China’s banking regulator said Thursday that it will maintain a 25 percent cap on foreign ownership in mainland commercial banks. Entities that own stakes in Chinese banks should hold the shares as long-term investment, help improve the lenders’ corporate governance and business and avoid direct competition, the China Banking Regulatory Commission (CBRC) said in a statement.
Any changes to the policy on such investment will be based on industry risks and regulatory needs, the regulator said.
Meanwhile, the CBRC scrapped the minimum requirement for setting up sub-branches. The move is aimed at allowing domestic commercial banks with strong risk controls to establish more branches in rural areas and boost services to the agricultural sector.
Chinese banks seeking overseas acquisitions should have at least 100 billion yuan (US$16.42 billion) in assets as of the end of the previous year.
The new rules were in line with the decision made by top Communist Party leaders at their recent plenum to maintain state entities at the core of the country’s economy.
As foreign investors, such as HSBC Holdings plc (00005.HK), will not be able to have bigger ownership or controlling stake in Chinese banks, they may find it difficult to derive synergy between their mainland branches and local lenders, observers say.
Also, as domestic banking giants are allowed to open more branches in rural areas, they will enjoy more market share, which will suppress the growth of smaller players. The reform in the Chinese banking sector is likely to remain slow due to the monopoly.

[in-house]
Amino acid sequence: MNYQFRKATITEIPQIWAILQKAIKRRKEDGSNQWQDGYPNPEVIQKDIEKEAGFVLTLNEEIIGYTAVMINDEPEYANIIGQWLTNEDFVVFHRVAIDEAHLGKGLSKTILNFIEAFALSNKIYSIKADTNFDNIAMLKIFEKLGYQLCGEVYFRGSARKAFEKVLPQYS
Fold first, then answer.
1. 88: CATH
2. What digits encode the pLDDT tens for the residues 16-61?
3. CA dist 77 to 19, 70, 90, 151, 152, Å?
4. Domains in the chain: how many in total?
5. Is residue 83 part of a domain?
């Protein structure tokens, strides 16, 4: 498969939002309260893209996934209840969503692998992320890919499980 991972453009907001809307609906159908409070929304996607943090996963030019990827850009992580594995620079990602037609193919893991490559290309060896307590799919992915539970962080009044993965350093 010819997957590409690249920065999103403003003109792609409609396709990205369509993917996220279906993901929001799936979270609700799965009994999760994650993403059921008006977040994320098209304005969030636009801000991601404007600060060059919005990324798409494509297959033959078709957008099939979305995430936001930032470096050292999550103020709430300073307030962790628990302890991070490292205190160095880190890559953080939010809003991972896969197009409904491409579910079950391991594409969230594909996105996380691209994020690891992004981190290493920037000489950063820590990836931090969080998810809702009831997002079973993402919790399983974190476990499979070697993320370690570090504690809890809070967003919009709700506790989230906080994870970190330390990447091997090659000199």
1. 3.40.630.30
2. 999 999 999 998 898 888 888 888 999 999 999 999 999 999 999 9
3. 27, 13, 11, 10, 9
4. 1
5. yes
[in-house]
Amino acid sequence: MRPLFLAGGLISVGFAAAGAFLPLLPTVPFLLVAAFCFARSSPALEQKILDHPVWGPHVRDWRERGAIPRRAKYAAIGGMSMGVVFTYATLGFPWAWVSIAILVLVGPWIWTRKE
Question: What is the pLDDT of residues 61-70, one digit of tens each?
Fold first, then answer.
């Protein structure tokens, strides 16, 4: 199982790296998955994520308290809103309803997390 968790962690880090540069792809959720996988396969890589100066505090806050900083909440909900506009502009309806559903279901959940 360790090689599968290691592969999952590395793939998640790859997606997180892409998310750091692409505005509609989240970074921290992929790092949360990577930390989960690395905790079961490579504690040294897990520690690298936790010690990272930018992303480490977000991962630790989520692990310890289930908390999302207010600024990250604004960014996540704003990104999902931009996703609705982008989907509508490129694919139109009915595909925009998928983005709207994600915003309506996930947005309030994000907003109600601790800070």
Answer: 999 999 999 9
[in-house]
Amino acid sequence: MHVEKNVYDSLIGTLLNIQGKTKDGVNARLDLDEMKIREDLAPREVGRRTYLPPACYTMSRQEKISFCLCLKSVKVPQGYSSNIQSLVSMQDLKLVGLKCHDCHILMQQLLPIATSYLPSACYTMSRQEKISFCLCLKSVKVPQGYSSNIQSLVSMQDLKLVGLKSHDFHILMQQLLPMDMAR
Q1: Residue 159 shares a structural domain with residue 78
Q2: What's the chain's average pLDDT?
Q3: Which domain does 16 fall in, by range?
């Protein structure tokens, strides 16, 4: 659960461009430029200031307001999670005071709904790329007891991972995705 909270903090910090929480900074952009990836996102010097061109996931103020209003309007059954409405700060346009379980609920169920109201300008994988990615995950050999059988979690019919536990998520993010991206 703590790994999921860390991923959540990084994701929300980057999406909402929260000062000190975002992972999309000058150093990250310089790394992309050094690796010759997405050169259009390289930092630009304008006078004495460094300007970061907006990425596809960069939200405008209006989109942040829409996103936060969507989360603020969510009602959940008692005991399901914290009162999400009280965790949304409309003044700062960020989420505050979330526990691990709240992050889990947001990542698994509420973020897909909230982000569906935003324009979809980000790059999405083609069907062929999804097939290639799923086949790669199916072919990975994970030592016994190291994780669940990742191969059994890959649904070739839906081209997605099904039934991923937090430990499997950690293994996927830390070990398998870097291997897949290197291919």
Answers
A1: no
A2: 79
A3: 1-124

SOE reform guidelines to take time
The long-awaited guidelines on the reform of state-owned enterprises (SOEs) and the state-owned asset management system are unlikely to be unveiled this year as the team assigned to draft the rules is still being set up, the National Business Daily reported Friday, citing an unnamed official at the Ministry of Finance. The team is expected to comprise representatives of the National Development and Reform Commission, the finance ministry and other agencies. The government is considering raising the ratio of profit that centrally administered SOEs must contribute to the state coffers to 30-35 percent from 15 percent at present, the official was quoted as saying.
Chinese said to account for 47% of luxury goods purchases
Chinese people’s consumption of luxury goods may reach US$102 billion this year, accounting for as much as 47 percent of the expected sales of such items worldwide, Xinhua news agency reported late Thursday, citing data from luxury goods research institute Fortune Character. Domestic luxury goods consumption is expected to rise 3 percent to US$28 billion from the previous year while overseas purchases of such items by Chinese may surpass US$74 billion, the report said. However, it said data pointed to a slower growth of the domestic luxury goods market this year.
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